After taking a break on development for the CNC Explorer 2.0 Excel App I had a chance to reset my bearings. I always knew developing on Excel was not going to work long term. It limits which platforms the app will run on. Excel needs to be on the machine which is expensive to buy. It is very difficult to develop interactive code.

After extensive research, I believe I found an excellent platform to develop my next version 2.0. I and have chosen to use Google’s Flutter environment and create a PWA (Progressive Web Application). A PWA runs entirely in a Web Browser but can also be installed on a Home Screen for quick access. Probably most have not heard of PWA’s but it is becoming more and more popular. You can download the application just by clicking on a link. No need to go to Google or Apple stores. Once installed you don’t even need internet to run the app. All the data and processing are done through the Browser. It will run on virtually any device that can run any of the following major Browsers:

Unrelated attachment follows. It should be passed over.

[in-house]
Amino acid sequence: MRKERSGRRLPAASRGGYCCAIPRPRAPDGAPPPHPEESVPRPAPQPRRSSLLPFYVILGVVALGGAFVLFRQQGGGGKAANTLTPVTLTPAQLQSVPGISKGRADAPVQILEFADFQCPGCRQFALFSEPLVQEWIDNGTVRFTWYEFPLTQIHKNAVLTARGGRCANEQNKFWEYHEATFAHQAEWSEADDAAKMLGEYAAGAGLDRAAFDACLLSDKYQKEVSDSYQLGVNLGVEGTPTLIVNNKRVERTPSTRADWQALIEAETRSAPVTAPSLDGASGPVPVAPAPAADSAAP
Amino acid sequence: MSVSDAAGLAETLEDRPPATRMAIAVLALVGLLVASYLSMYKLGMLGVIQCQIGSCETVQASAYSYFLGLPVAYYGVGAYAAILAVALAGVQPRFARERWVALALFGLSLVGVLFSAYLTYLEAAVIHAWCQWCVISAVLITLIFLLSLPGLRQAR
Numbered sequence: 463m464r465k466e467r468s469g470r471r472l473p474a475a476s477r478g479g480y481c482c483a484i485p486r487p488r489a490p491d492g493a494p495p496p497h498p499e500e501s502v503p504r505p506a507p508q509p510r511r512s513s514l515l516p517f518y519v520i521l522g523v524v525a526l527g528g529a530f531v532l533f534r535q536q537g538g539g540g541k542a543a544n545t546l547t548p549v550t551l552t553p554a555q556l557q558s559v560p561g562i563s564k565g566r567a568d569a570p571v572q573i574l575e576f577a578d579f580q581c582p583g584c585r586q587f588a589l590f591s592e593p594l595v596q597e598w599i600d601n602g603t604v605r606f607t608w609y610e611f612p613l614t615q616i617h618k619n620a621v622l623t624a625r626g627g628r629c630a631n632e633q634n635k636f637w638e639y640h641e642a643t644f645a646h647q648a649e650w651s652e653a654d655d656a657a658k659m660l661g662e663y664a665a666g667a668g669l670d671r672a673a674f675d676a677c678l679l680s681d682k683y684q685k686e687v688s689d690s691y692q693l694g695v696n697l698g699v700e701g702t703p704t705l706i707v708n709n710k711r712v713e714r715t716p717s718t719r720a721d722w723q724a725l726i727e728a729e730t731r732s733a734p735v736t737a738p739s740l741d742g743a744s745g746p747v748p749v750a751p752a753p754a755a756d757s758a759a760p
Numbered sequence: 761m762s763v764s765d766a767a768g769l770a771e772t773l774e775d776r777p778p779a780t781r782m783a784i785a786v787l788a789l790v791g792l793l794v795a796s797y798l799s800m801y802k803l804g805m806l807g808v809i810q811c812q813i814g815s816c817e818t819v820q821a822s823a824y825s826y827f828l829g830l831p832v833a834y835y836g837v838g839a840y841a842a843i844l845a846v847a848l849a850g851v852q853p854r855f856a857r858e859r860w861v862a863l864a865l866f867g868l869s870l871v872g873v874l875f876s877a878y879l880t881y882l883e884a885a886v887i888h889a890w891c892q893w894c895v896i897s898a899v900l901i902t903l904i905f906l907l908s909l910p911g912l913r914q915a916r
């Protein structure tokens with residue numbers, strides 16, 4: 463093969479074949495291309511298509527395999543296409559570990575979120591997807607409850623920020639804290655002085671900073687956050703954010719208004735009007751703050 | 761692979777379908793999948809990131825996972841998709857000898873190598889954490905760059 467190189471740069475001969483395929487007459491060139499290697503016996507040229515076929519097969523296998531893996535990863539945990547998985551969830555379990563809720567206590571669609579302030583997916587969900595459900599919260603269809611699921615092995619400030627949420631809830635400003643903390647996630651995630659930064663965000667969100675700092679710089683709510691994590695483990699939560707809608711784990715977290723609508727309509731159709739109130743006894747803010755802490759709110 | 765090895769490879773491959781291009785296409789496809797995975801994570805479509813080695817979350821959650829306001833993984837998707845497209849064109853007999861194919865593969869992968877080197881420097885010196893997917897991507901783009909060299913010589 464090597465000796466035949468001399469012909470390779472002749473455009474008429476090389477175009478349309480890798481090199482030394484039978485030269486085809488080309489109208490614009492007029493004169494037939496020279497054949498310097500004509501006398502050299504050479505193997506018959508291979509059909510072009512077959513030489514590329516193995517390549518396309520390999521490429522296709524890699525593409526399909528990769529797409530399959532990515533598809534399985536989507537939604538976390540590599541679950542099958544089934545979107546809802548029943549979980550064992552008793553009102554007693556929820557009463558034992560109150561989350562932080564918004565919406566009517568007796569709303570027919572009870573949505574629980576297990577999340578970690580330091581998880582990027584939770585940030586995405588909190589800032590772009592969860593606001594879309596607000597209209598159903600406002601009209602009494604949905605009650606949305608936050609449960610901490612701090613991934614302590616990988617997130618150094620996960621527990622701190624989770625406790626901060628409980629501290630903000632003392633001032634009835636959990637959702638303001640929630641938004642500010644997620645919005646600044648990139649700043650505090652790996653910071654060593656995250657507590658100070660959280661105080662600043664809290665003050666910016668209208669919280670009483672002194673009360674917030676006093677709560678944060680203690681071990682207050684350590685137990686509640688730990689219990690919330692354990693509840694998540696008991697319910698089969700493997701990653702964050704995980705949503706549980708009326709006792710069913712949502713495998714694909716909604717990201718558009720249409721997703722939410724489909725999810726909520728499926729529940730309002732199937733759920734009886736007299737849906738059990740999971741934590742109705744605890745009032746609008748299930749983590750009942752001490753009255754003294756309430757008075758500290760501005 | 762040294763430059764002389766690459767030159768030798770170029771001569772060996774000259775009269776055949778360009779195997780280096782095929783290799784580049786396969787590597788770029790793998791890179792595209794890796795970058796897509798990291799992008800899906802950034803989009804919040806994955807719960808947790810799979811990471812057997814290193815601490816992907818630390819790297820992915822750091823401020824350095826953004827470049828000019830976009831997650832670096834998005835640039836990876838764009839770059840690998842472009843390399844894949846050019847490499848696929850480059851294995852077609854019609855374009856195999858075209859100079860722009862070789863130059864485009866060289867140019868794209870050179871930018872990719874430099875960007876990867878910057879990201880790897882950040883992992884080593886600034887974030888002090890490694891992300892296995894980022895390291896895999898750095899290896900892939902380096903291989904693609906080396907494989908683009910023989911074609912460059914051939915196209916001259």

Flutter web apps can run on the following browsers on any device look exactly the same:

  • Chrome (mobile & desktop)
  • Safari (mobile & desktop)
  • Edge (mobile & desktop)
  • Firefox (mobile & desktop)

Design Goals

Any tool that is not handy to grab and use will collect dust in the toolbox. The CNC Explorer App loads very quickly and is handy wherever the CAD/CAM software is being created. PWA’s fit that bill nicely. But just as important a tool needs to solve a problem and do it in a way that is understandable and useful. My design goals for the CNC Explorer 2.0 App are:

  • Able to run on any device
  • Not require any special support program such as Excel
  • Geared for the Hobbyist Level CNC User
  • Present information affecting Speed and Feed Settings rather than just present a solution.
  • Build on the concept of the original CNC Explorer by keeping the interactive controls allowing the user to “Play” with the settings